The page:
Many lessons to take from the mortgage mess

You’d think we would have learned something from the Enron and WorldCom debacles. Rampant fraud, fueled by greed, equals meltdown and consumers getting defrauded. We need to closely regulate large corporations or they’ll cut corners, pull shenanigans, or just flat out commit fraud in order to make more money as quickly as possible. That’s what the latest mortgage scandal is all about.
By way of background, we all remember the crazy housing boom and the fly-by-night mortgages that were given to anyone who could fog a mirror. These mortgages were sold off to “trusts,” which, in turn, sliced and diced them into mortgage-backed securities. These trusts were legally required to obtain and account for the original mortgage notes that specified the borrower’s obligations. But now it’s obvious that these legalities were frequently neglected. And this means that many of the foreclosures that are now taking place are, in fact, illegal.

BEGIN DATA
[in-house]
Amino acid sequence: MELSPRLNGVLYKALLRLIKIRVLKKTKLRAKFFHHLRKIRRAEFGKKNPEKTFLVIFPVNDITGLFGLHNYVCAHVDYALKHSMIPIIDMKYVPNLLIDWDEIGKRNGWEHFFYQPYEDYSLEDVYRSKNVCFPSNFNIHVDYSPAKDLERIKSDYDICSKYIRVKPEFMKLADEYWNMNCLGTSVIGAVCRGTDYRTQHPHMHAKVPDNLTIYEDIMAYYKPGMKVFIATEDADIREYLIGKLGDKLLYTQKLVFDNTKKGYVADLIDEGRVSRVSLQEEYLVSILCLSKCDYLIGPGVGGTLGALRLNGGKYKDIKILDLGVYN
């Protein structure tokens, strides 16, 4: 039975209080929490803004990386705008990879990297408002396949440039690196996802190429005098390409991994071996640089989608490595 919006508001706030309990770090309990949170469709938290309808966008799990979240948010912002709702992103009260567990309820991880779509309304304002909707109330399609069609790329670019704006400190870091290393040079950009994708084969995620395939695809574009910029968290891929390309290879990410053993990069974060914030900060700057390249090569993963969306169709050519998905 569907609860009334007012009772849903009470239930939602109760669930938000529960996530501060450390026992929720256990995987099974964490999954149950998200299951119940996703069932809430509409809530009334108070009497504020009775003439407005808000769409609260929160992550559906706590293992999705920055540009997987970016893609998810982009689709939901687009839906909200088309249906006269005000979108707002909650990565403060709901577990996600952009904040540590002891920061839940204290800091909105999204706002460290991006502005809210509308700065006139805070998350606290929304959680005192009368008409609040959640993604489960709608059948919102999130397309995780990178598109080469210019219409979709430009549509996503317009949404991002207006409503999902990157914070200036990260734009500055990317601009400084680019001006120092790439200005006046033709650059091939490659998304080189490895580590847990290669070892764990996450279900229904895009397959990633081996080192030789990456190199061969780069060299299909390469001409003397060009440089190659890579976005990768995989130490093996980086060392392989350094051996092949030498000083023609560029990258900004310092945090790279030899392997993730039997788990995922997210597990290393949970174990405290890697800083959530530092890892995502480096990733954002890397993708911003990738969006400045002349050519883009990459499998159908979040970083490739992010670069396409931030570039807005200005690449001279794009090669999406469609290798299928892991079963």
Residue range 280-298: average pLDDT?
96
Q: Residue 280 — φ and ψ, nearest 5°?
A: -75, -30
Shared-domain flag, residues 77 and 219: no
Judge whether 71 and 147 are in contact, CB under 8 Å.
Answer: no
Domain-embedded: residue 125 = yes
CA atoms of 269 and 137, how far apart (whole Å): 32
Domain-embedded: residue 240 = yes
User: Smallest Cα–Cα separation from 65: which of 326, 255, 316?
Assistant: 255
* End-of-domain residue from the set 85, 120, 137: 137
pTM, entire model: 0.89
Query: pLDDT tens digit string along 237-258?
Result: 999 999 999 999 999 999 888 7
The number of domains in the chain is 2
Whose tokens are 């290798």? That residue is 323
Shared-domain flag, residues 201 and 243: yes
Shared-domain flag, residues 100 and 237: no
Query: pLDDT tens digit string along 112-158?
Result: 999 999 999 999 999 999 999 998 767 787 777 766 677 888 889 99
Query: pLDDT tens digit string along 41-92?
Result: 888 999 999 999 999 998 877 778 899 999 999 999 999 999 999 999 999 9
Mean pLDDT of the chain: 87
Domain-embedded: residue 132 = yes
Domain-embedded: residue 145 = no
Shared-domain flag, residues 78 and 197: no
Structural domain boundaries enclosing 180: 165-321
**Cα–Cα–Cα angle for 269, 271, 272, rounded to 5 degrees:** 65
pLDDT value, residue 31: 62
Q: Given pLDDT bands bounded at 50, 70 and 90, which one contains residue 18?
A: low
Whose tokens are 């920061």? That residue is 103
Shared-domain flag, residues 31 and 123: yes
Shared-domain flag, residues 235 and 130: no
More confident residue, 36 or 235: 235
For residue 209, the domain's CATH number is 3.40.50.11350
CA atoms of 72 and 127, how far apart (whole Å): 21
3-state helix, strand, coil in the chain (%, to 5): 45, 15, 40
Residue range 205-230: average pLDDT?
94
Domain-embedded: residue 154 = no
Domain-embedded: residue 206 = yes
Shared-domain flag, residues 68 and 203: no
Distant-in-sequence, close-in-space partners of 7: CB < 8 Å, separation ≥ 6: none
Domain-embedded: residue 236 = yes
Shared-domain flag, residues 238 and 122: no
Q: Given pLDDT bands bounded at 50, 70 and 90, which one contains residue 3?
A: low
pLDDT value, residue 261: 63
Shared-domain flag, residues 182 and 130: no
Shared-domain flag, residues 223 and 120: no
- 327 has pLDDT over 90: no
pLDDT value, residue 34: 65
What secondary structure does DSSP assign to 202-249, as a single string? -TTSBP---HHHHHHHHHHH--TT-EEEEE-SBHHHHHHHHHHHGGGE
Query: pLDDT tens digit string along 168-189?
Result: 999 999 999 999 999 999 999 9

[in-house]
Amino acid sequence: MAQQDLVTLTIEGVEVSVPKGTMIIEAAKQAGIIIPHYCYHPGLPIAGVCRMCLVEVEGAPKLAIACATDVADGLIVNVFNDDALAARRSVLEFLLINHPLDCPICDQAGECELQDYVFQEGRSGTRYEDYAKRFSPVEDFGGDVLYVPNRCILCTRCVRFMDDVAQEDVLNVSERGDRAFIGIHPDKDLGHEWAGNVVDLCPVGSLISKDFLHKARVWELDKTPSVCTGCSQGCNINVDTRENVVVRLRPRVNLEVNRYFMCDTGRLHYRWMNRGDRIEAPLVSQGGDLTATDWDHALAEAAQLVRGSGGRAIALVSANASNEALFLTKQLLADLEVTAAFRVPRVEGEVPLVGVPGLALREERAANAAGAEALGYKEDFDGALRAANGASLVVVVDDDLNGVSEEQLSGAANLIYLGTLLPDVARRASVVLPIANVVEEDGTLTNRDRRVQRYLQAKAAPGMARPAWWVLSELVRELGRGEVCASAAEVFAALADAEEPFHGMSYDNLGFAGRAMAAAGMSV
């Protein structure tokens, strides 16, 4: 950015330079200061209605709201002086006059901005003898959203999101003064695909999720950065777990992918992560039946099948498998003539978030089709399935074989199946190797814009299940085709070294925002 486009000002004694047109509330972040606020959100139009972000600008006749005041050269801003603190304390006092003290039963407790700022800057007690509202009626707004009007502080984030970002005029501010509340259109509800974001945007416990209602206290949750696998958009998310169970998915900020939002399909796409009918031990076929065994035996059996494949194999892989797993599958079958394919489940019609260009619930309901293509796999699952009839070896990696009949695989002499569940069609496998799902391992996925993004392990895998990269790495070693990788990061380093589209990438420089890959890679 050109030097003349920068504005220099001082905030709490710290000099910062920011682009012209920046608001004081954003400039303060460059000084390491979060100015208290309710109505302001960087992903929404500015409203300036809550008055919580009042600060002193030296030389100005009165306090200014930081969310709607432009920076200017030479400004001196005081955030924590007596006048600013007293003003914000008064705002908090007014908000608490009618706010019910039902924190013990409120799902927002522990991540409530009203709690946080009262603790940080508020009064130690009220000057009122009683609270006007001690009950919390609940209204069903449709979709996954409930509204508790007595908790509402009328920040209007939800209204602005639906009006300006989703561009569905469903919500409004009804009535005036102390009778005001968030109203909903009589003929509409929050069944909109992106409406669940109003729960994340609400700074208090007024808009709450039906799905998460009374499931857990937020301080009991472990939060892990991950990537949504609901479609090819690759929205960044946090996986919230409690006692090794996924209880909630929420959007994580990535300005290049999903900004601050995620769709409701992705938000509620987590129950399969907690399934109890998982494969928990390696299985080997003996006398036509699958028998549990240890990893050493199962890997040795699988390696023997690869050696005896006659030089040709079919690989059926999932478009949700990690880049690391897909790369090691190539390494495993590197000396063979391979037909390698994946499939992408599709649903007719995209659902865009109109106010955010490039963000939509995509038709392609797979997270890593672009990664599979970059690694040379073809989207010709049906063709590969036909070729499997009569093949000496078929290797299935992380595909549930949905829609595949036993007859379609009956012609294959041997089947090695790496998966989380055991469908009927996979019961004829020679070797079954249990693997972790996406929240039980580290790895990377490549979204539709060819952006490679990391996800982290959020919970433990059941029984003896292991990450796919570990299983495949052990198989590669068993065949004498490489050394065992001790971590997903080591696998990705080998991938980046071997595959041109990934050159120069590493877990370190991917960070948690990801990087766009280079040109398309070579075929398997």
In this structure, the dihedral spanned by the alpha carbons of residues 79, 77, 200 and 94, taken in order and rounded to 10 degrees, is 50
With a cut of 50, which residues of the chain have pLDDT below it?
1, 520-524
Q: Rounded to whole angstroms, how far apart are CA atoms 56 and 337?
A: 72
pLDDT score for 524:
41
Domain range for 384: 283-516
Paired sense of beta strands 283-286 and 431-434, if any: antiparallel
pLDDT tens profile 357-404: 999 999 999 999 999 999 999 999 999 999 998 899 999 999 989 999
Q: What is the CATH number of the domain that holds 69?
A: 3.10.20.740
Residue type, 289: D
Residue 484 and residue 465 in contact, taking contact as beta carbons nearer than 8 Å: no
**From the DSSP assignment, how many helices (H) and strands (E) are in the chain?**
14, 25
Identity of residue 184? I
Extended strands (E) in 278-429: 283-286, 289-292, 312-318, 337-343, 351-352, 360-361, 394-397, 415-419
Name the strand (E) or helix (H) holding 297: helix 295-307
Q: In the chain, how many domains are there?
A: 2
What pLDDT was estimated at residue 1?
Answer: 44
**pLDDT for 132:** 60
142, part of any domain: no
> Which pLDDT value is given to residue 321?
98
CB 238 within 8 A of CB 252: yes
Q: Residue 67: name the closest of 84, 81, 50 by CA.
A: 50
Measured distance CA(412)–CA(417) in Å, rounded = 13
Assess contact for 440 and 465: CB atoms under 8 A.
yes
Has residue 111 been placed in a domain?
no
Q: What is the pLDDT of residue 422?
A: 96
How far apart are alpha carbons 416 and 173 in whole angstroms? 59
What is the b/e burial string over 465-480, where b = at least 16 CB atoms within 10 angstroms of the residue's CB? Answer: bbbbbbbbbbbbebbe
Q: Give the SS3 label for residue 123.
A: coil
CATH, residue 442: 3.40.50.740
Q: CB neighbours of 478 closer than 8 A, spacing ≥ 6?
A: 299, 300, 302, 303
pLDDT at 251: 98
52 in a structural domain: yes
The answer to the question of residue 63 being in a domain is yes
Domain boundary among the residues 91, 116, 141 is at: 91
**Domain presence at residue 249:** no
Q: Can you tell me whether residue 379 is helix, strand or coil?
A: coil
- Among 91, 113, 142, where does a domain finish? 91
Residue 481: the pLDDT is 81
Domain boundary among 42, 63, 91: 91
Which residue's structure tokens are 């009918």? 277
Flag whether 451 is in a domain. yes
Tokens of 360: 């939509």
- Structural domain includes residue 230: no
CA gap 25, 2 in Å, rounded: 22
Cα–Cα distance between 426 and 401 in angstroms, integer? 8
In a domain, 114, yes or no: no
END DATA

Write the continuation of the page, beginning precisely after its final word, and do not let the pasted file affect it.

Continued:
It’s almost certain that many borrowers are, or have already been, defrauded by the nation’s largest banks and mortgage companies. Their officers have sworn under oath that they have these original notes, when, in fact, they do not. Perjury is the tip of the iceberg.
What should you do? If you are being foreclosed upon, hire a lawyer to review the documents that the bank is relying upon to insist that they have the right to take back the home. If you are not in default but behind on the payments, now might be a good opportunity to look for that mortgage modification, even a substantial principal reduction, with the banks facing massive litigation. They might be willing to actually be reasonable and work with you. You never know.
If anyone ever tells you that we have too much regulation and business needs fewer controls, let’s remember what happens when we trust large corporations to regulate themselves; the consumer gets the shaft!